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Forums >> Community >> Newbies >> Hello, community!((actual introduction here!!))

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Fri, Sep 14, 2007 at 6:48:11 PM | Hello, community!((actual introduction here!!))

#1

abulin


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Alright!!

this "appears" to be the community i was looking for.

i am an architecture student who is not new to CAD, nor the idea of modeling design, but i am brand new to BIM.

i am so excited about this software format.  i am now researching books to learn as much as possible.

 look forward to meeting you all,

abulin

 Winking

((btw: i am having trouble accessing posts, but not posting.  so hopefully i will be able to read your replies soon.))


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Wed, Sep 19, 2007 at 3:08:28 PM | Hello, community!((actual introduction here!!))

#2

Eddieboarder91


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welcome, if you ever have any questions about mep and bim, i think im one of few that are on here that semi know what were doing, its a learning processes. where are you and arch student?

-----------------------------------

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http://familyjewels.typepad.com/

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Mon, Oct 22, 2007 at 6:41:44 PM | Hello, community!((actual introduction here!!))

#3

abulin


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I'm a student at a Community College in Texas trying to get the minor stuff out of the way.I'm about to transfer to UT in Arlington to really get cracking on my major.

The prog we (the company) are investing in is Revit Architecture.Am I right in saying that the BIM version has the MEP and Structural added for total completion of project scope??


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Wed, Oct 24, 2007 at 2:49:22 PM | Hello, community!((actual introduction here!!))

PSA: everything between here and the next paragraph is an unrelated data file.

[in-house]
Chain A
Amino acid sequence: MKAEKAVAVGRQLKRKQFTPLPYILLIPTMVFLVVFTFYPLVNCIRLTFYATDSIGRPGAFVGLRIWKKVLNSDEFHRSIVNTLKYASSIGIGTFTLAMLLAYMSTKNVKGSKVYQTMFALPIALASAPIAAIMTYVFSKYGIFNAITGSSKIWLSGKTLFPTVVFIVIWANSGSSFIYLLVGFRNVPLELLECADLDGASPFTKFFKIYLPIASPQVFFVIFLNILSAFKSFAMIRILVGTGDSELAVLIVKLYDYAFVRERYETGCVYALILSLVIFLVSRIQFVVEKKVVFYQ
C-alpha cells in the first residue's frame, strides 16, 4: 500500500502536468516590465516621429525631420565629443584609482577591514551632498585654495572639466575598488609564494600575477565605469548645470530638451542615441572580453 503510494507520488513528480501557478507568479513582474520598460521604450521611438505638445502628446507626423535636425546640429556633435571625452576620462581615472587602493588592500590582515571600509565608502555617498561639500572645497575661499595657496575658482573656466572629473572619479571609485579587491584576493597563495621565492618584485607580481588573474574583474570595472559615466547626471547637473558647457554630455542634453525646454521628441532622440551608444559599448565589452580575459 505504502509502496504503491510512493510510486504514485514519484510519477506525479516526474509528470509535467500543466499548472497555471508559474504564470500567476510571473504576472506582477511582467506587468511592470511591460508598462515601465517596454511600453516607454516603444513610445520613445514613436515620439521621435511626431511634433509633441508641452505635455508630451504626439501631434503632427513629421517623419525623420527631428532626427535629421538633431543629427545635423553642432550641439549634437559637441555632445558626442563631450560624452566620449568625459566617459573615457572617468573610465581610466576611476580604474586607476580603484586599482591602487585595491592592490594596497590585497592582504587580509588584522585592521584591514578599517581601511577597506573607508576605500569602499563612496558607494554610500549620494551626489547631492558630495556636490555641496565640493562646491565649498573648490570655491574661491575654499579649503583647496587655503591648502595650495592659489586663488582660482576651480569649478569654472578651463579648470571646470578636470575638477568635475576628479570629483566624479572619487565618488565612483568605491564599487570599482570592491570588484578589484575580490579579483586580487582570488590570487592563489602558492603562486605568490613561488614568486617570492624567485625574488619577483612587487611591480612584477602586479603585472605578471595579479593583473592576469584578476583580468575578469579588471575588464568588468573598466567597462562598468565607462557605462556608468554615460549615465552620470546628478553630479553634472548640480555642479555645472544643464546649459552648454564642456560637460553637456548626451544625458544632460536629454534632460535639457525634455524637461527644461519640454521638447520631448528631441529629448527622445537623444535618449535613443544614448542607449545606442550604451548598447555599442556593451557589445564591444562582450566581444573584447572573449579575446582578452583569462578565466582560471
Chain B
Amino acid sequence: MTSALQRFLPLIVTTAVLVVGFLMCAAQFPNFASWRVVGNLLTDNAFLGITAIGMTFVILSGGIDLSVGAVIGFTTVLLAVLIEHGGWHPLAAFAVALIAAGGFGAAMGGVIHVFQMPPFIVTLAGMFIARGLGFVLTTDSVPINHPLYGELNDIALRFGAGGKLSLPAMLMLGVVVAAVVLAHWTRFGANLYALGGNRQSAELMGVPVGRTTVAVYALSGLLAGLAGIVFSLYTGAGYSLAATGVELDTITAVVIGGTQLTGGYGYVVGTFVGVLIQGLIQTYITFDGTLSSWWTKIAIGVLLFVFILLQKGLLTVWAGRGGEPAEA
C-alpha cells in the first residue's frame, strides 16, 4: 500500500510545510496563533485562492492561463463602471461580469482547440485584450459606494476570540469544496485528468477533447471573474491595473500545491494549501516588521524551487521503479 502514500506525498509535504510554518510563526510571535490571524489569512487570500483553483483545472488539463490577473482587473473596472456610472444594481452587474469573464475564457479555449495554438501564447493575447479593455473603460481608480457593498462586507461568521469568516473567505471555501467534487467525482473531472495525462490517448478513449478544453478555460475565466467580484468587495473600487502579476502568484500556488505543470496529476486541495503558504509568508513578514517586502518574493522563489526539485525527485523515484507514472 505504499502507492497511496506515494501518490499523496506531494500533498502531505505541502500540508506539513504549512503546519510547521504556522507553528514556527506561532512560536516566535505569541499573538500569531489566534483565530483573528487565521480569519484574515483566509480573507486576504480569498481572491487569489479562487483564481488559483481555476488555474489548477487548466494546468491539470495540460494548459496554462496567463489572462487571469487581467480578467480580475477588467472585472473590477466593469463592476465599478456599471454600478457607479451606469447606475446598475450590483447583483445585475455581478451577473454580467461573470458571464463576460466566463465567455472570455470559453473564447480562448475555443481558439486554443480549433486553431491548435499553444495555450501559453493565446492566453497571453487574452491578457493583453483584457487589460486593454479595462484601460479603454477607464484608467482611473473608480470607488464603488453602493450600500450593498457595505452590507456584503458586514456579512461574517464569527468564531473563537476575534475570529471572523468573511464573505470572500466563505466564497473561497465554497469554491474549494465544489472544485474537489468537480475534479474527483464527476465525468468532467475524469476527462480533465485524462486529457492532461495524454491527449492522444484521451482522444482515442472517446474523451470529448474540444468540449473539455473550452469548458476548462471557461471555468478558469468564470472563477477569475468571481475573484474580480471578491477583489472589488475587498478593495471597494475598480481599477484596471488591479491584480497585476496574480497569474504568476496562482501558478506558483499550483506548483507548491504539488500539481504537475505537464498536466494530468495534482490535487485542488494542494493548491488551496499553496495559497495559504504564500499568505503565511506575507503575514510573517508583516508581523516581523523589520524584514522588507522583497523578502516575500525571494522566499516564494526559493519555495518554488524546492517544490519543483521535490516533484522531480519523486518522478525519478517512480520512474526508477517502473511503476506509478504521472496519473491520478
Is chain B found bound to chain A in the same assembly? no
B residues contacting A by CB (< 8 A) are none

#4

Eddieboarder91


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this is great my boss and i were just discussing this. the thing about bim defined as building information modeling can happen without revit, revit arch, mep, and structure are setup to achieve a fully bim model however i have seen models that are only glorified 3d cad model that have come out of revit. the difference between the 3 displines of revit are minor changes within the programing and what you get out of the box however soon autodesk will be starting a file sharing network similar to buzzsaw that will be free for a time to up and down load families.

specifically, bim is a model-based technology that is linked with a database of information. if you need anymore information i can direct you to a plethera of it.


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Wed, Oct 24, 2007 at 3:51:53 PM | Hello, community!((actual introduction here!!))

#5

abulin


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Hmmmm, let me see if I understand this right:

Revit (regardless of the version) can equally be used to create great BIM models or "crap."  It all depends on the user's ability to 1. understand BIM concepts, 2. understand the versatility of Revit and 3. execute it properly.